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Guest blog: how manufacturers can emerge from the downturn stronger

“Reinventing the Auto Market”

Leslie Butterfield, CBE, Interbrand’s group chief strategy officer and author of 'The Story of the Mercedes-Benz Brand'

"We’ve never seen a period of such profound change for brands as in the last 18 months.

The global automotive market, in particular, has experienced more turbulence than most: the near bankruptcy of Chrysler and GM; the ‘fire sales’ of second-string brands; the pleas for scrappage allowances; the images of airfields lined with unsold and unwanted stock.

As reported in our 2009 Best Global Brands report last month, the sector had just completed its worst year since 1992.

But as we look ahead to 2010 and beyond, what should we expect for car brands—more of the same or a different future?

Our view is the latter.

The industry is painfully, but necessarily, reinventing itself.

The last 18 months have been like a cleansing fire.

The deadwood has been cleared out and the ground is fertile for new growth.

Fewer brands perhaps, but better ones.

Below are some lessons we can learn from those already leading the way.

Lesson 1: Preserve the core of your brand, and grow out from it

Denial is not a smart strategy.

Brands that try to change in ways not true to themselves tend to fail.

The trick is to identify what is at the heart of your offer, set that in stone and then evolve from there.

Look at BMW, which has intelligently evolved its range – largely to follow market and consumer trends with cars like X3 and 1 Series – but has still retained a clear house style, and a high degree of brand integrity.

Lesson 2: Commit to renewal, even when it’s tough

Before 2008, GM was incapable of renewal and it bankrupted the company.

Now the market has forced GM to take the actions it should have taken years ago.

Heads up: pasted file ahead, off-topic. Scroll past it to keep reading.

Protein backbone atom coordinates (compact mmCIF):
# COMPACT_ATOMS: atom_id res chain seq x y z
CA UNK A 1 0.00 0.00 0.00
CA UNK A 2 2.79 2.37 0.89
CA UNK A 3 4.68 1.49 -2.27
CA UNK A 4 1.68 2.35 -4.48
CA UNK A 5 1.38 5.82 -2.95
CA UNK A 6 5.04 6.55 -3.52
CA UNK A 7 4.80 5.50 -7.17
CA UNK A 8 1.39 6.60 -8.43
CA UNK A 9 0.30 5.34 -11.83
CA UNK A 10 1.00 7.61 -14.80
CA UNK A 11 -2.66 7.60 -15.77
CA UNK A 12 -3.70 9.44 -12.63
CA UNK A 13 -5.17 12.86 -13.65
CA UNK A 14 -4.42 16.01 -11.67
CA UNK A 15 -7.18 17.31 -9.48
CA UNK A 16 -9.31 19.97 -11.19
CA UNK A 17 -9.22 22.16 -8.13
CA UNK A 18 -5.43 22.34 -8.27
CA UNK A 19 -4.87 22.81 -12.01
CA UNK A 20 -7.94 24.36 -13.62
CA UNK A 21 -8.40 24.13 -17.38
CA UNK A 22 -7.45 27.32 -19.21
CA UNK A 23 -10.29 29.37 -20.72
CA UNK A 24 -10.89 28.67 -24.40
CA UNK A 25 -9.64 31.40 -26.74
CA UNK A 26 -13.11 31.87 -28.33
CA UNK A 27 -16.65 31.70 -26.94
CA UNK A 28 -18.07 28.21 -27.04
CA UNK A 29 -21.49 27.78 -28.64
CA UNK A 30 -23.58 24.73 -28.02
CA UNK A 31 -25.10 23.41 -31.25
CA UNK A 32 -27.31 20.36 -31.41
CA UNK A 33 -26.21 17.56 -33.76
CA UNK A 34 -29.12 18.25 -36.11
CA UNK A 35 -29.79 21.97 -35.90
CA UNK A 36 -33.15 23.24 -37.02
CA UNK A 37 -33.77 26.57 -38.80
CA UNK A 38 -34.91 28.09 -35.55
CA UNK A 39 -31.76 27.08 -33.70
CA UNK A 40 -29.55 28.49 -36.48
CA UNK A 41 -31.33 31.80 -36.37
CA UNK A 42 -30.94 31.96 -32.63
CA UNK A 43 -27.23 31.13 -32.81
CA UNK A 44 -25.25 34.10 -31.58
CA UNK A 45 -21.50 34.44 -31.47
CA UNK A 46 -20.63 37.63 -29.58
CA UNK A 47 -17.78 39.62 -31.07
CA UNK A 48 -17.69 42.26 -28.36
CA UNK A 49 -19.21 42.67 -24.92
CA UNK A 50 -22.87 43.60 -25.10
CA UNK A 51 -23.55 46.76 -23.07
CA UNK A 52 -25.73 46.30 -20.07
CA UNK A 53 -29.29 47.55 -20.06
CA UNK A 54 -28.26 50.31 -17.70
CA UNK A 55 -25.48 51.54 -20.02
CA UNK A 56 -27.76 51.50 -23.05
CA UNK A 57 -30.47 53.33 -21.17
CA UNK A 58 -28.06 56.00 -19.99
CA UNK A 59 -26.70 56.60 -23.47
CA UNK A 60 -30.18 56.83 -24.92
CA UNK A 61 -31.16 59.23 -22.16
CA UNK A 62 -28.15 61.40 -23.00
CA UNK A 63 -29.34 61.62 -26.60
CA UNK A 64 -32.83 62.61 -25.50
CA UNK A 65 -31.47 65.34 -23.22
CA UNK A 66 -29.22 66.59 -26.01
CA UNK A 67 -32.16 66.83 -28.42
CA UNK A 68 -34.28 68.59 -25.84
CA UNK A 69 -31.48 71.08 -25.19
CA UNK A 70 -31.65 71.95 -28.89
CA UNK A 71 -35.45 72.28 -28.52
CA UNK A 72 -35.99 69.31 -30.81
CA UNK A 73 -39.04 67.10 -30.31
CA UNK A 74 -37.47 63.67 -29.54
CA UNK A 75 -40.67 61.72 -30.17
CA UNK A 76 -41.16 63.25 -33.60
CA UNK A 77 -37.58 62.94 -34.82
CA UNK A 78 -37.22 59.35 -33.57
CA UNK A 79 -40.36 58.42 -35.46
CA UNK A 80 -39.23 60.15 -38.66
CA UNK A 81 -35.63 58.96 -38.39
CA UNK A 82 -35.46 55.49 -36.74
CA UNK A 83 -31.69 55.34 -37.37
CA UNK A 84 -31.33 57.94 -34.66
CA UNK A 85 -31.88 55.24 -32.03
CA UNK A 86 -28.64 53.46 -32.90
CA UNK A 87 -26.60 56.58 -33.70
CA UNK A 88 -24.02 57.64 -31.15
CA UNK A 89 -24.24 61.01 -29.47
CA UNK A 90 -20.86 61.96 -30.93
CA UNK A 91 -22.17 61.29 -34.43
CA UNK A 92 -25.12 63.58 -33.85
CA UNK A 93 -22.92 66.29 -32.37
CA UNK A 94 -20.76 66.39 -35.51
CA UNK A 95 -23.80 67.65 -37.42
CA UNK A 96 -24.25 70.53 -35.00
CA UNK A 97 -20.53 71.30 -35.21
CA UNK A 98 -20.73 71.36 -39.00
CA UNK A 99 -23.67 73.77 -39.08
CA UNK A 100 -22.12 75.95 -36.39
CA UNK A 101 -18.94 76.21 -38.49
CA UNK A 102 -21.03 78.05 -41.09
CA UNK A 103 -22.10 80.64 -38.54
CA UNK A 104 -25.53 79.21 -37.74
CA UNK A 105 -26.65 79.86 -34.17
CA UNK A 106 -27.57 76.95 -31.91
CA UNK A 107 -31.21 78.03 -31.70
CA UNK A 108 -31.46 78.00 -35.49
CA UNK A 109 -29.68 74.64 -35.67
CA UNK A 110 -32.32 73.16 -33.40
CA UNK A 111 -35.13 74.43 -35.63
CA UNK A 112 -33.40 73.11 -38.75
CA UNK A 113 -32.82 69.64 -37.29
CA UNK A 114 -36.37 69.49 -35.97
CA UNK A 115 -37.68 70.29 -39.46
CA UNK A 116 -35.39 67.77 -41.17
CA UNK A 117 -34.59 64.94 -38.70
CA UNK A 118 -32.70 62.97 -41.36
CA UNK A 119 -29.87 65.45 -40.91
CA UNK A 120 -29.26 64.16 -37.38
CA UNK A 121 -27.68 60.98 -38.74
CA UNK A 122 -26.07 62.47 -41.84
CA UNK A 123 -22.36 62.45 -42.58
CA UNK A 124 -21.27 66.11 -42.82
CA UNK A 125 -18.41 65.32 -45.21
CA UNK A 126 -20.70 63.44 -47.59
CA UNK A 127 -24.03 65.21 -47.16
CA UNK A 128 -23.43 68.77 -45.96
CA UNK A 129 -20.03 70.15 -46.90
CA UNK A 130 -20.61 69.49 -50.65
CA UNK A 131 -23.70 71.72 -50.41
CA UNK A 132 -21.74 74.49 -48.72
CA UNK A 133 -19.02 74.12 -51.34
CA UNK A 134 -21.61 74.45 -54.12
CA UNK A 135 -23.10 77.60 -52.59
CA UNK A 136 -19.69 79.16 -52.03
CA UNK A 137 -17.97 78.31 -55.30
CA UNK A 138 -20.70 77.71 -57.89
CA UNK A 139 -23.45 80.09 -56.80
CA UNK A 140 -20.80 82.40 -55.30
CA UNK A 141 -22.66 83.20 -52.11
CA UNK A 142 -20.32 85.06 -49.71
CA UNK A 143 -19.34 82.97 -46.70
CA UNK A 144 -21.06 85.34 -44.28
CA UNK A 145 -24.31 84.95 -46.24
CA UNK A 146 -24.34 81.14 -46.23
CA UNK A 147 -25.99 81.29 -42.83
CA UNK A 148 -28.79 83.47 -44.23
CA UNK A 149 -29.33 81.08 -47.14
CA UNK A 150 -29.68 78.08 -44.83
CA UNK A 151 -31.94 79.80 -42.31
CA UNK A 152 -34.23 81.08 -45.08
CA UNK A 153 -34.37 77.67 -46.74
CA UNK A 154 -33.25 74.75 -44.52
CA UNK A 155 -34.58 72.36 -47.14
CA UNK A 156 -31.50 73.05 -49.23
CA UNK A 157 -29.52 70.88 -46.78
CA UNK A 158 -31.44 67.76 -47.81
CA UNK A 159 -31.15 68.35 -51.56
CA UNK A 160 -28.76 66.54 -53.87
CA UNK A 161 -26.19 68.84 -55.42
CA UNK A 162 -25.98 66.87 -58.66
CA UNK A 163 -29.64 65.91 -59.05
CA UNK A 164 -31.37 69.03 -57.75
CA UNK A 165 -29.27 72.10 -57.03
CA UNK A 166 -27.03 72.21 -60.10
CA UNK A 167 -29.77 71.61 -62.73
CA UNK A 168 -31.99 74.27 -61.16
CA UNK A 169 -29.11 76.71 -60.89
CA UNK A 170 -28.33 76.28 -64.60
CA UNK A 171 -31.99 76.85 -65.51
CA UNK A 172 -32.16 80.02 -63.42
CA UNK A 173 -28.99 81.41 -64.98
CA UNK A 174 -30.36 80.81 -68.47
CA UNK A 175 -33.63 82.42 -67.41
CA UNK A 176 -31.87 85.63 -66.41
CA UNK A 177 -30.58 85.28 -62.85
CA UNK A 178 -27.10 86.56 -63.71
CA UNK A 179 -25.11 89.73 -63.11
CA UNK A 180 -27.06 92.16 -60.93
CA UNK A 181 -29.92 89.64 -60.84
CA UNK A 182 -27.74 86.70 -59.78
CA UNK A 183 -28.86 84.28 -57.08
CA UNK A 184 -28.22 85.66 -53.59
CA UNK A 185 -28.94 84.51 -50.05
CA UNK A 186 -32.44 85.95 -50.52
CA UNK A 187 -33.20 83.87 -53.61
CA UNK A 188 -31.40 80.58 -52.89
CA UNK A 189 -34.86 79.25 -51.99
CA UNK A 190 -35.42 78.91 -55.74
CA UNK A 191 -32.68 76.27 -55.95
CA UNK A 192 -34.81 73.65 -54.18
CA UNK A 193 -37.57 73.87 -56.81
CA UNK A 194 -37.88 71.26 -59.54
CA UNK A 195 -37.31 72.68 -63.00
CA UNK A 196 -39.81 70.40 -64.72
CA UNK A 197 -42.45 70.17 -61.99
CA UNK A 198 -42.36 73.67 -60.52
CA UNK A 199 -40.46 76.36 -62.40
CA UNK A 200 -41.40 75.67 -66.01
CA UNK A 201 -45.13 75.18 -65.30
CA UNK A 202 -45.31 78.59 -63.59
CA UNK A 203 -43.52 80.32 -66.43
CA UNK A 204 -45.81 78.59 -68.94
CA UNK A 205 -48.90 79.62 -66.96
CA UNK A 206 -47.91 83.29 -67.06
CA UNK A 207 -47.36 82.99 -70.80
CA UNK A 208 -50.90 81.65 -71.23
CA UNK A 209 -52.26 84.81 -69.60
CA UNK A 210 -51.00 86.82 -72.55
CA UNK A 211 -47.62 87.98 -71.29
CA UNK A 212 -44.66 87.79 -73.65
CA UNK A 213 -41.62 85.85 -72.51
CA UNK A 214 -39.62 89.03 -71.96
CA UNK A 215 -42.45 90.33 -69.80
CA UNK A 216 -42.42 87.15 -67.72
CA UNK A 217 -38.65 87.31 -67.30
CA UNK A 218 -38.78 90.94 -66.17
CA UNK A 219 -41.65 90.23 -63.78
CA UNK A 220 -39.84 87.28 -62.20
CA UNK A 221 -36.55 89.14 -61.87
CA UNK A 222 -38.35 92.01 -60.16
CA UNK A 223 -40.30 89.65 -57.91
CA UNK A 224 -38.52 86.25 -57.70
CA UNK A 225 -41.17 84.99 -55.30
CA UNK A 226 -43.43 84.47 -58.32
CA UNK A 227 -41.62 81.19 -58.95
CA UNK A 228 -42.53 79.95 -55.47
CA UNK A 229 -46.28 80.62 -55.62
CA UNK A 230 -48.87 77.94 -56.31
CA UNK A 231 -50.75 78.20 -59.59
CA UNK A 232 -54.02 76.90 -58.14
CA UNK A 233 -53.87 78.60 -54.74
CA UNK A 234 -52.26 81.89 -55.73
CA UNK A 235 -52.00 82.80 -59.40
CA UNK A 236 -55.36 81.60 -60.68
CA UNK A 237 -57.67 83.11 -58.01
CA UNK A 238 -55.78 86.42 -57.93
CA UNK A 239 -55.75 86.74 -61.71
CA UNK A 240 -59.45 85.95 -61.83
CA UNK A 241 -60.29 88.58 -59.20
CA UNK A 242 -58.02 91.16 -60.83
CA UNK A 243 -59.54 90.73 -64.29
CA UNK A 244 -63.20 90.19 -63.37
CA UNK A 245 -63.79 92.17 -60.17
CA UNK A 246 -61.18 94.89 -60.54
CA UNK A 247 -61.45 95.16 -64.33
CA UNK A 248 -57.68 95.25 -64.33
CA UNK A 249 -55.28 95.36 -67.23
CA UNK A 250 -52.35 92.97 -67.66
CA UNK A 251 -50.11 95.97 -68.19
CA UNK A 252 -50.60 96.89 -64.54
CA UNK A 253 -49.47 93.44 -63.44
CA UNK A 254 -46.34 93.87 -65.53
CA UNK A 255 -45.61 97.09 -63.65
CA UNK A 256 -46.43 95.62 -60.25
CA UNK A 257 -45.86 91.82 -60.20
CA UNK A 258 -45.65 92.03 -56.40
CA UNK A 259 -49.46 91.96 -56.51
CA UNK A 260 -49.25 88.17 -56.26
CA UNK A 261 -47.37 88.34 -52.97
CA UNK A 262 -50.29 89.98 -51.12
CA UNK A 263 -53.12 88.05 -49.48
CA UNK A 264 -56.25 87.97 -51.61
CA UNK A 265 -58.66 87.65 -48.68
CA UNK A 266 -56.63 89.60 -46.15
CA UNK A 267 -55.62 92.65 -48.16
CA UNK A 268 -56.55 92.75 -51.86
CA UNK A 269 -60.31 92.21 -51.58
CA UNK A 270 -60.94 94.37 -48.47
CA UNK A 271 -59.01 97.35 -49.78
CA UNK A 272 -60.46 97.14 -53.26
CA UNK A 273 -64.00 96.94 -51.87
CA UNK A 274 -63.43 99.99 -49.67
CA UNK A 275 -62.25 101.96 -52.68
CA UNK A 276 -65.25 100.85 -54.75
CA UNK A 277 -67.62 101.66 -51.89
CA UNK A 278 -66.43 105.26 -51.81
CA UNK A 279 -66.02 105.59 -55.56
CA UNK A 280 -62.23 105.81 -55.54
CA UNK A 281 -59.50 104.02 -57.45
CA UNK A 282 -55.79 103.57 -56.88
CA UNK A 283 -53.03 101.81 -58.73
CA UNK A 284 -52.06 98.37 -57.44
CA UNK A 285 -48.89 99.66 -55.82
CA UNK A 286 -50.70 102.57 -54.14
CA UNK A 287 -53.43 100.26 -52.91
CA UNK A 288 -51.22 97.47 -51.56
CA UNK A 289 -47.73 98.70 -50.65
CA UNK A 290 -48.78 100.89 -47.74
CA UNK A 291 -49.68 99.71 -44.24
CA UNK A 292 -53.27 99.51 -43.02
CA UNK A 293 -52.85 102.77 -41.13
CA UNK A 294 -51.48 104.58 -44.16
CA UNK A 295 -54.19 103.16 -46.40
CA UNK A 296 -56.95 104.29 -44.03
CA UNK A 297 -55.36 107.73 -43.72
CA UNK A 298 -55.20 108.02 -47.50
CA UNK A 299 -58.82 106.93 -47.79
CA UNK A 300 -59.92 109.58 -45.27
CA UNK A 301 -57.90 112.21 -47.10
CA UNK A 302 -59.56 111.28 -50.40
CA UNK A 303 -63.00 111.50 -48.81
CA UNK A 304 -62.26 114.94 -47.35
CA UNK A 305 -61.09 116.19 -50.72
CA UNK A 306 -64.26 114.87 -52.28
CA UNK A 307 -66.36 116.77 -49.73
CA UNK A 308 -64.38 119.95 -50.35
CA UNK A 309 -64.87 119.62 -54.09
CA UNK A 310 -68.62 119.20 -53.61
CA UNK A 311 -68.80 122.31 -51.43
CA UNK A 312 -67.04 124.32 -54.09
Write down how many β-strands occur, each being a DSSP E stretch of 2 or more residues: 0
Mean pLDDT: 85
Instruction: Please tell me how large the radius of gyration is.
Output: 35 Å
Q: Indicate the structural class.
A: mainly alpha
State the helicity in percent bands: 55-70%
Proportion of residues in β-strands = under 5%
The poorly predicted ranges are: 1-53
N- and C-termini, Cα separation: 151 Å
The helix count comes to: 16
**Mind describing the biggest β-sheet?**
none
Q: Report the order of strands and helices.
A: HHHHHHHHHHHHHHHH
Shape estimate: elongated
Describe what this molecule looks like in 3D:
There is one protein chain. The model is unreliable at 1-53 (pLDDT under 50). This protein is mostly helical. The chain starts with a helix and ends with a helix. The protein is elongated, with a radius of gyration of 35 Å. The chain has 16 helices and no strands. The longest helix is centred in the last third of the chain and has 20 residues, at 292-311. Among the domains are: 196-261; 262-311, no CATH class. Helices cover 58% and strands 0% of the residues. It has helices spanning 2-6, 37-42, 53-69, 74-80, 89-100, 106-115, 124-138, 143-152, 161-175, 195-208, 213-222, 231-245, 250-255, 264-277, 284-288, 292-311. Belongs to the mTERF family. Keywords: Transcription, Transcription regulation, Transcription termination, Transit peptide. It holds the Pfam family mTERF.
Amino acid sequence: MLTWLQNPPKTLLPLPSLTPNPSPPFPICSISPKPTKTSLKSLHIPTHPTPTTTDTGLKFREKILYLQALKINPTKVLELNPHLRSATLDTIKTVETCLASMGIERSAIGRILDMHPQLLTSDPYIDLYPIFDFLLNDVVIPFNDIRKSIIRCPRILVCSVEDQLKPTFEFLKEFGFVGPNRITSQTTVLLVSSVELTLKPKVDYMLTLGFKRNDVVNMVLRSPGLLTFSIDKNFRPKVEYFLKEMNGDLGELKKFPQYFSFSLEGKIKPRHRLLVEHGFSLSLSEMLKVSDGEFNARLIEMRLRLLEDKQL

What we are witnessing is a moment of creative destruction.

Brands like Saturn that never really fitted in with GM’s portfolio are being dropped.

Brands in GM’s heartland, like Cadillac and Chevrolet, are being re-energised.

Whether the strategy will work remains to be seen, but the lesson is the right one: commit to renewal, see it through, even when the going gets tough.

Lesson 3: Embrace digital…

Digital is reshaping how we find out about things, share and store information and communicate with each other.

The old models of branding are breaking down.

You need to think digital if you’re going to stay ahead in the new world.

Brands like Porsche are engaging with consumers on the web and on mobiles.

Mercedes-Benz recently announced that it is now allocating 50% of its marketing budget to digital media.

Change, indeed—from the old model of TV and print as the dominant advertising vehicles.

Lesson 4: ...but stay ‘real’ too

While digital is important, the power of live experiences are equally so.

Cars are multidimensional, multisensory objects.

Successful car brands will need to find ways to bring their products closer to people.

Out of town steel and glass ‘palaces’ may not be the way of the future.

Touch and feel brand experience centres (like Mercedes’ Brooklands site for example) might prove to be a better model for really powerful customer engagement.

Lesson 5: Act sustainably

Be honest.

As an industry, automotive has been slow to adapt in this area.

Consumers are going to be looking harder than ever at car companies over the next 10 years.

Consumers will still care about performance, quality and fuel consumption, but the new tiebreakers will be sustainability initiatives and enhancements.

Toyota has stolen a march on all others here, but it’s not too late for smart brands to carve out their own niches, or (better still) come at the same issue from a different perspective.

So the future is not all gloom and doom.

The market ‘reset’ that’s taking place right now will sort the nimble and smart from the slow and tired – and that may be no bad thing."

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